Apart from this, there is no intention of purchase for the Colombian cavalry, and misdirected future budgets (Compes) for armored vehicle purchases have only confirmed the acquisition of LAV IIIs at excessive costs for Mechanized Infantry. Due to the lack of vision from current politicians and commands, potential donations from other countries have been overlooked, and the acquisition of used vehicles for the Cavalry has not been considered, resulting in our main armored force being among the weakest in Latin America.


Despite a significant budget of 305 million dollars being allocated to strengthen the Mechanized Infantry of the Colombian Army, this substantial budget will only procure 55 armored vehicles. This overlooks our capacity to have tracked vehicles, even the old M113s, which have demonstrated their capabilities in Colombian territory, especially in the northern border area and the Guajira desert. What’s even more absurd is that with values of 400 thousand dollars, Colombian infantry could be equipped with vehicles like the Hunter TR, Hunter XL, or the Titán, manufactured in Colombia, undermining the assertion from the Presidency that production and technological innovations should be generated from military companies to achieve self-sufficiency for the country.

So, while 305 million dollars are spent on just 55 vehicles, Colombian-made vehicles, which have the capability to safely transport our soldiers in departments such as Cauca, Putumayo, or Antioquia, where soldiers have died in ambushes in the past year, are acquired in a pitiful manner. Colombian developments that have demonstrated their capabilities are ignored, and they are not procured in sufficient numbers to protect our troops. In conclusion, with the cost of one LAV III, 11 transports made in Colombia could be acquired. In terms of numbers, while LAV IIIs can carry 10 people, the 11 Titans, if purchased, could safely transport 253 soldiers to Colombia’s conflict zones for the same cost.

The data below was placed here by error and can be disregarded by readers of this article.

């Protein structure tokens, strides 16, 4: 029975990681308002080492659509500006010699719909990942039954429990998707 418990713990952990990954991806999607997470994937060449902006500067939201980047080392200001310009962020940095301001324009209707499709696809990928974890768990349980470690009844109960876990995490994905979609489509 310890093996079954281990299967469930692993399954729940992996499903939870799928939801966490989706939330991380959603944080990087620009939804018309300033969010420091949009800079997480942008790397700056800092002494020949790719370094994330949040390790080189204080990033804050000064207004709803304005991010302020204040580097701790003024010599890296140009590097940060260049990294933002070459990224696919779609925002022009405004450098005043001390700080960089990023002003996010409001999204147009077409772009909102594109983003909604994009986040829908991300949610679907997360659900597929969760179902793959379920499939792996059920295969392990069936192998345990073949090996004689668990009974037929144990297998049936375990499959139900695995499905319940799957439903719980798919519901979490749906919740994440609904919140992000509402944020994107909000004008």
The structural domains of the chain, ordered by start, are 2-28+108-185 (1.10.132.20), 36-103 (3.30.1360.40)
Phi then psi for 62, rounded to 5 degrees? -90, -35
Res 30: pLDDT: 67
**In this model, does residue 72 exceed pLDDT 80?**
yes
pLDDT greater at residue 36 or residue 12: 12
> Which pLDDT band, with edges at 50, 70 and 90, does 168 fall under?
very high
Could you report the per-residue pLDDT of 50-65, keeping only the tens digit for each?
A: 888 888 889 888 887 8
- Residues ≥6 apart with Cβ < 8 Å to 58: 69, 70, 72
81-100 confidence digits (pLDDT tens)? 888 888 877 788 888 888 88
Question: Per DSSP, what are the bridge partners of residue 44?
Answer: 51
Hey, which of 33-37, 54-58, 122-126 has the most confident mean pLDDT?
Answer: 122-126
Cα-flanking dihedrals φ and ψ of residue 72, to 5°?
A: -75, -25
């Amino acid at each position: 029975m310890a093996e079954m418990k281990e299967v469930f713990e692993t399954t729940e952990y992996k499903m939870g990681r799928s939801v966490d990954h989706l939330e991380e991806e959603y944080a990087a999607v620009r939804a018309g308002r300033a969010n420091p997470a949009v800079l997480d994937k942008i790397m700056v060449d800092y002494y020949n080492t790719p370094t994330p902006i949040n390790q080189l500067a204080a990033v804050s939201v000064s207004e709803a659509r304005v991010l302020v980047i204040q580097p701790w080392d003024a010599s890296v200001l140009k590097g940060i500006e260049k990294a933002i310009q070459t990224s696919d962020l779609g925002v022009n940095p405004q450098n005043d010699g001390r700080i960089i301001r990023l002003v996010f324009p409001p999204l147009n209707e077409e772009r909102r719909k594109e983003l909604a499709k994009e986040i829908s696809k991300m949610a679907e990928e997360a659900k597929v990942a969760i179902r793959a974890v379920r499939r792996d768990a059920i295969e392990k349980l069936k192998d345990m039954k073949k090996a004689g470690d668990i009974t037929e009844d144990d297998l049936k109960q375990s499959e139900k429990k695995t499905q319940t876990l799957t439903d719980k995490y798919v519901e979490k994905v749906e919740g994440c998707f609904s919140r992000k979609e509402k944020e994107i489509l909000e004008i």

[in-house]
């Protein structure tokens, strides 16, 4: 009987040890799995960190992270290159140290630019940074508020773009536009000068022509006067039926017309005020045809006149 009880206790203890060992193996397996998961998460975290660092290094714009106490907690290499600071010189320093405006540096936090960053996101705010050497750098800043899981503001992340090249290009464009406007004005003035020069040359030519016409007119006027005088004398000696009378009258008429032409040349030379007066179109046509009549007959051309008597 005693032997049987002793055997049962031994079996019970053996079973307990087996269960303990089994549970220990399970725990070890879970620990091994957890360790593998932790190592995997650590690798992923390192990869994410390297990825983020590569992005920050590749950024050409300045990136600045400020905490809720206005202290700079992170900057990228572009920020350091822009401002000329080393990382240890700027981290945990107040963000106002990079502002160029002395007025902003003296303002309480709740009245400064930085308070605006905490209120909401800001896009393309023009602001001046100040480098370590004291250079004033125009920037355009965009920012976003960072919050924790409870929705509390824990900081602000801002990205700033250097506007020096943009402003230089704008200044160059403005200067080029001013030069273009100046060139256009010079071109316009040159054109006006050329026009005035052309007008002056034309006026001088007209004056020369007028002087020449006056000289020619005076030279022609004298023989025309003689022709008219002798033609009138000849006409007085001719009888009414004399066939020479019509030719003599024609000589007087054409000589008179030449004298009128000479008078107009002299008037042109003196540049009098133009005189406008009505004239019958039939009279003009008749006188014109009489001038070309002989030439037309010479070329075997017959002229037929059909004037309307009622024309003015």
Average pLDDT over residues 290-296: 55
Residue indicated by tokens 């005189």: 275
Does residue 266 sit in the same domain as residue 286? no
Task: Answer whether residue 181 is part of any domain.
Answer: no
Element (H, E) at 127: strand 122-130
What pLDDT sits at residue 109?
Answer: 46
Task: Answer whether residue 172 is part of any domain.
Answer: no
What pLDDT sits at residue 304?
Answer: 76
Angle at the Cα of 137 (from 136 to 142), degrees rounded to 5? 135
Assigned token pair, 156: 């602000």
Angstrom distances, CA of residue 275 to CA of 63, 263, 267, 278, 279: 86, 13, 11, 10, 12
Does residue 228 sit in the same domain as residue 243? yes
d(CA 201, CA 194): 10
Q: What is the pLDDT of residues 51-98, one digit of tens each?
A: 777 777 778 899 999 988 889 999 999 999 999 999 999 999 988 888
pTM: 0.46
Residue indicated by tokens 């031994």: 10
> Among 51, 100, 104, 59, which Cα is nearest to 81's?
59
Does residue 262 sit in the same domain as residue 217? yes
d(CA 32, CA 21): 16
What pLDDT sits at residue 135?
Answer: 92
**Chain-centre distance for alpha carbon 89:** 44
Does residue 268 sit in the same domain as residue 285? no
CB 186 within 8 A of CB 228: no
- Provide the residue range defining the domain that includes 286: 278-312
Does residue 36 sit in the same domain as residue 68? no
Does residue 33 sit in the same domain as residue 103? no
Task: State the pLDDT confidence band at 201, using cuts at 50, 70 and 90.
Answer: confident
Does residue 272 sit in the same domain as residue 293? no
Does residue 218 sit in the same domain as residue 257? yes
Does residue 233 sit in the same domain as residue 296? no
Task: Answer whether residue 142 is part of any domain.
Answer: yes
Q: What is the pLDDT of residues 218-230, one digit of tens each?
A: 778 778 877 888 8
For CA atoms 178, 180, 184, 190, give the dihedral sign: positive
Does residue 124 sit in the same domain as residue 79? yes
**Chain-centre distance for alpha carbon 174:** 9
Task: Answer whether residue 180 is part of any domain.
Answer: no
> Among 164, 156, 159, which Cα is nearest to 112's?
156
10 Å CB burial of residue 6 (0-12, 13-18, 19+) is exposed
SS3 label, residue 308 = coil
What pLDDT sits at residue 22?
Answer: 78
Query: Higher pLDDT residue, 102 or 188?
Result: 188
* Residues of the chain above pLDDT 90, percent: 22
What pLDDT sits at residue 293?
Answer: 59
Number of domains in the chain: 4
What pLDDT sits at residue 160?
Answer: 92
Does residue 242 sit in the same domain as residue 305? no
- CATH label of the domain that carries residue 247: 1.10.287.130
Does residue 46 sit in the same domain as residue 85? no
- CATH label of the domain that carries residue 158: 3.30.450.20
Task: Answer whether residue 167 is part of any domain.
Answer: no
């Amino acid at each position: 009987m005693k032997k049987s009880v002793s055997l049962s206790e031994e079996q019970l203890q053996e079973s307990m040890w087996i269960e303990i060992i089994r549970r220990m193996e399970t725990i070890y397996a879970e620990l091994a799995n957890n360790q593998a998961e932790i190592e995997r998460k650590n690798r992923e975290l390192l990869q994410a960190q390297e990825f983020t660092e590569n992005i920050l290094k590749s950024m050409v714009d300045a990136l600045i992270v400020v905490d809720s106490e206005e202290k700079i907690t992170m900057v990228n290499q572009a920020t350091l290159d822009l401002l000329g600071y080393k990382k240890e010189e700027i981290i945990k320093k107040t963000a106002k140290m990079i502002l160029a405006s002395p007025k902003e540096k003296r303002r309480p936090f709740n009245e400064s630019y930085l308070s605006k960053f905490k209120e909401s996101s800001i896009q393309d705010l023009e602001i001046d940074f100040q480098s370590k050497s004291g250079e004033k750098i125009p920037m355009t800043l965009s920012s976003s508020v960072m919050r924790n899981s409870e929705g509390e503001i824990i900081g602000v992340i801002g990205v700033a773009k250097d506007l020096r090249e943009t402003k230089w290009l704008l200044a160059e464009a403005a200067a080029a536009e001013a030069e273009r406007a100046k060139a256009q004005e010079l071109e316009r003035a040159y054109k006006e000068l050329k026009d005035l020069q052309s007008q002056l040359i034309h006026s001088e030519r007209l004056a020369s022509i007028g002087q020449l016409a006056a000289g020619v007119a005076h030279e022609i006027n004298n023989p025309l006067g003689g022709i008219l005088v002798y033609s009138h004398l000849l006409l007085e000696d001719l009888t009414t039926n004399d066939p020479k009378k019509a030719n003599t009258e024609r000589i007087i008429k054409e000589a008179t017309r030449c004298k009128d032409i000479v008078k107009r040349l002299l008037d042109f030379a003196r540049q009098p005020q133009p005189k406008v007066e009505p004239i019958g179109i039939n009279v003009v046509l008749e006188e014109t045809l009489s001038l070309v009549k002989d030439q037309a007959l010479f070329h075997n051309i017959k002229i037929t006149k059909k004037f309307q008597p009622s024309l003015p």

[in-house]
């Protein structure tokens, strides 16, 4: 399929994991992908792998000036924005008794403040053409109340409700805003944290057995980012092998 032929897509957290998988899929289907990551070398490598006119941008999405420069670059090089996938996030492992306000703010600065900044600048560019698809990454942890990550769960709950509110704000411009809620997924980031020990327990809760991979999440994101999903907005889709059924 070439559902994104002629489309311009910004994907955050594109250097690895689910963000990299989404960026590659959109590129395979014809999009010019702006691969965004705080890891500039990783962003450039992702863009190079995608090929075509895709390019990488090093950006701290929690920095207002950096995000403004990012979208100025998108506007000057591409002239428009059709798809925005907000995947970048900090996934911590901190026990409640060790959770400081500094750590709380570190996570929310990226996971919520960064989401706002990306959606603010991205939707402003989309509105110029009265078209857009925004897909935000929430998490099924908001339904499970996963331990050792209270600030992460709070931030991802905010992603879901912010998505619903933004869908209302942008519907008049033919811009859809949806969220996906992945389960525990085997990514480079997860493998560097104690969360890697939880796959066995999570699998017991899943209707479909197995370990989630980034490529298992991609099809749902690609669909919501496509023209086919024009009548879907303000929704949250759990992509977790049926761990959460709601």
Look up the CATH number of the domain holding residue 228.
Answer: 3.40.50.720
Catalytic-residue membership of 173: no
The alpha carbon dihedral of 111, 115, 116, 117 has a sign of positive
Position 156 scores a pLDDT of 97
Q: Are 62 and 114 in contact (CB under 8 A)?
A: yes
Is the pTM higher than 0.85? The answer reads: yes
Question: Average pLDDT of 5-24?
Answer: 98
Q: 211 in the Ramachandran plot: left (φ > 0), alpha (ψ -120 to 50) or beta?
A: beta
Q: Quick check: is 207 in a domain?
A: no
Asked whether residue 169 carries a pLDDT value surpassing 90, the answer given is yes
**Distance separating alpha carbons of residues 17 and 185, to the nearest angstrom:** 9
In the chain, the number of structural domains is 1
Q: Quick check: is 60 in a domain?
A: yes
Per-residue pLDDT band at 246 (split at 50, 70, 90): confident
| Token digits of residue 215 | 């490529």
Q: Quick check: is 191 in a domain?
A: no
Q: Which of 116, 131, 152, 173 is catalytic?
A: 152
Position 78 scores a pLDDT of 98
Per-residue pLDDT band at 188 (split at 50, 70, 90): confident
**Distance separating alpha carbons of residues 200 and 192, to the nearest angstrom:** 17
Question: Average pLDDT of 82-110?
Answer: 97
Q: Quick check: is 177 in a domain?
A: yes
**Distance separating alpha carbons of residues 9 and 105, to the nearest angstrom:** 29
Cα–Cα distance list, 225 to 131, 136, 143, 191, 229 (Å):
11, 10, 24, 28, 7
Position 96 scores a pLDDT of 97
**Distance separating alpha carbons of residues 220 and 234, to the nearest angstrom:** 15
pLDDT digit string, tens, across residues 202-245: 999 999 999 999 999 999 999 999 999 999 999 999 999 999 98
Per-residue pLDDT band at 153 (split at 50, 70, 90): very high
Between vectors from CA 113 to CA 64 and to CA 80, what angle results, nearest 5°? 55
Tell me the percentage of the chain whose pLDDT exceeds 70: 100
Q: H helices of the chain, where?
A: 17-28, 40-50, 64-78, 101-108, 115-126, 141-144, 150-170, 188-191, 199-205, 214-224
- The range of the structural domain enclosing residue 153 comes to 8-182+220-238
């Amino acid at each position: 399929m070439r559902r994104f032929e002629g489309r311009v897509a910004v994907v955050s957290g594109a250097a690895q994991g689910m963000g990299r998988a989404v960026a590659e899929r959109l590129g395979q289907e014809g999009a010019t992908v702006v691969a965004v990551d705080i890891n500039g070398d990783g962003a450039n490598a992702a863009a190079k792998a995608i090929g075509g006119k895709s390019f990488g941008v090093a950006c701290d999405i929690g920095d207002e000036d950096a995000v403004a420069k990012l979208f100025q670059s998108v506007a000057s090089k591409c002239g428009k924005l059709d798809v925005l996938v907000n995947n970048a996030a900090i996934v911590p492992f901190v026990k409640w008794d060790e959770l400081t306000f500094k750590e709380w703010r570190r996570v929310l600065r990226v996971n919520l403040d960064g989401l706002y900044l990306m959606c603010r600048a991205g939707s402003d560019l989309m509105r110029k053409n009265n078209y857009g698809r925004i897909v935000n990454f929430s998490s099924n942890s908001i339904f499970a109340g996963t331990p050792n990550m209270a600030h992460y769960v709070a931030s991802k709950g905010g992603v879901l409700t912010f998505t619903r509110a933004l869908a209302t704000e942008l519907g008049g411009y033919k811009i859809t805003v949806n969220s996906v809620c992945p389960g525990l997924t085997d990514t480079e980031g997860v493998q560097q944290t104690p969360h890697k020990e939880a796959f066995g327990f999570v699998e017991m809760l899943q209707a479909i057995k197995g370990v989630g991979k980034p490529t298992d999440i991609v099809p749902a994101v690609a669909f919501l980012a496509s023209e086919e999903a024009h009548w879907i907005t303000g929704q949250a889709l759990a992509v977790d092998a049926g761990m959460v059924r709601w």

It is important to highlight that despite investigations by the media and the Attorney General’s Office, neither the Ministry of Defense nor the Presidency of the Republic have bothered to investigate this contract, which with such a budget could provide protection to Colombian soldiers against improvised explosive devices, gunfire, and ambushes by armed groups in which our men die every day.


All specialists, military personnel, and defense experts support and emphasize the purchase of the Israeli-origin ATMOS self-propelled artillery system. Unfortunately, due to the President’s tactless and undiplomatic statements, this Israeli-origin system has been cast into doubt for our military forces. It is a practical solution at a reasonable cost for the modernization of our old and weak artillery, which, as mentioned in the article presented in Zona Militar, an artillery without cannons: the case of the Colombian Army, would lead to the modernization of this weapon.

Even more absurd is that when smaller caliber mortars of 80 millimeters manufactured by Indumil, which are produced in Colombia, are not acquired by the Colombian military forces in sufficient quantities. What’s worse is that there are no plans to acquire modern artillery systems such as rocket launchers, self-propelled mortars, or systems that increase such capacity.


Some time ago, the Meteor battalions, which were responsible for the protection of Colombian infrastructure, were converted into Light Cavalry Battalions, a decision that is logical according to the developments in the organization of modern armies. However, the Ministry’s lack of understanding has not led to the purchase of domestically manufactured armored vehicles that could strengthen these battalions. Instead, they are left with only the option of acquiring a minimal number of Humvee-type vehicles, which are insufficient for the needs of these units.

As a result, efforts to acquire the necessary armored vehicles for the Light Cavalry Brigade have been halted due to our leaders’ failure to understand the development of counterinsurgency warfare in Colombia. They should learn from the experiences of the United States in Iraq and Afghanistan. Currently, defense groups for roads and infrastructure mobilize on motorcycles or in vans, which, as investigations by the media have shown, are contracted by the whim of the current general.

Anti-aircraft Systems

In modern warfare, it is necessary for all military forces to have the capability to operate anti-aircraft systems, a capability which the Colombian Army completely lacks. For years, the lessons seen in modern conflicts such as Ukraine have been ignored, where anti-aircraft capacity for troops deployed in the area is crucial.